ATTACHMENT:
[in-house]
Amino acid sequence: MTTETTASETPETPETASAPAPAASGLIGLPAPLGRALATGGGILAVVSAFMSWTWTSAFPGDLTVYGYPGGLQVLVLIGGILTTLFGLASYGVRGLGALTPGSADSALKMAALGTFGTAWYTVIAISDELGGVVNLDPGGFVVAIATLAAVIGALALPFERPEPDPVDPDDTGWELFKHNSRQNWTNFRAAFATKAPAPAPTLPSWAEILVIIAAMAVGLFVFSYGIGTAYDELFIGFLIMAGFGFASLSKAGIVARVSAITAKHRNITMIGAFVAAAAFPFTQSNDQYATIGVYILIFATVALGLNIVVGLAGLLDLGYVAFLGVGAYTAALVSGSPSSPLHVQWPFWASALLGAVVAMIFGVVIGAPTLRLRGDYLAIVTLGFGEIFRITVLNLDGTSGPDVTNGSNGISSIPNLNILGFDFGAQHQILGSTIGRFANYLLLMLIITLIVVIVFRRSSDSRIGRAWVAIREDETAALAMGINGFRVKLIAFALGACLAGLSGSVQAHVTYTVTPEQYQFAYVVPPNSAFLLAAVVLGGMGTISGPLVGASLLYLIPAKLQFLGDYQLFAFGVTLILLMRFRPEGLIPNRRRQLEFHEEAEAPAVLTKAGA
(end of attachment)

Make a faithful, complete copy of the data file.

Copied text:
[in-house]
Amino acid sequence: MTTETTASETPETPETASAPAPAASGLIGLPAPLGRALATGGGILAVVSAFMSWTWTSAFPGDLTVYGYPGGLQVLVLIGGILTTLFGLASYGVRGLGALTPGSADSALKMAALGTFGTAWYTVIAISDELGGVVNLDPGGFVVAIATLAAVIGALALPFERPEPDPVDPDDTGWELFKHNSRQNWTNFRAAFATKAPAPAPTLPSWAEILVIIAAMAVGLFVFSYGIGTAYDELFIGFLIMAGFGFASLSKAGIVARVSAITAKHRNITMIGAFVAAAAFPFTQSNDQYATIGVYILIFATVALGLNIVVGLAGLLDLGYVAFLGVGAYTAALVSGSPSSPLHVQWPFWASALLGAVVAMIFGVVIGAPTLRLRGDYLAIVTLGFGEIFRITVLNLDGTSGPDVTNGSNGISSIPNLNILGFDFGAQHQILGSTIGRFANYLLLMLIITLIVVIVFRRSSDSRIGRAWVAIREDETAALAMGINGFRVKLIAFALGACLAGLSGSVQAHVTYTVTPEQYQFAYVVPPNSAFLLAAVVLGGMGTISGPLVGASLLYLIPAKLQFLGDYQLFAFGVTLILLMRFRPEGLIPNRRRQLEFHEEAEAPAVLTKAGA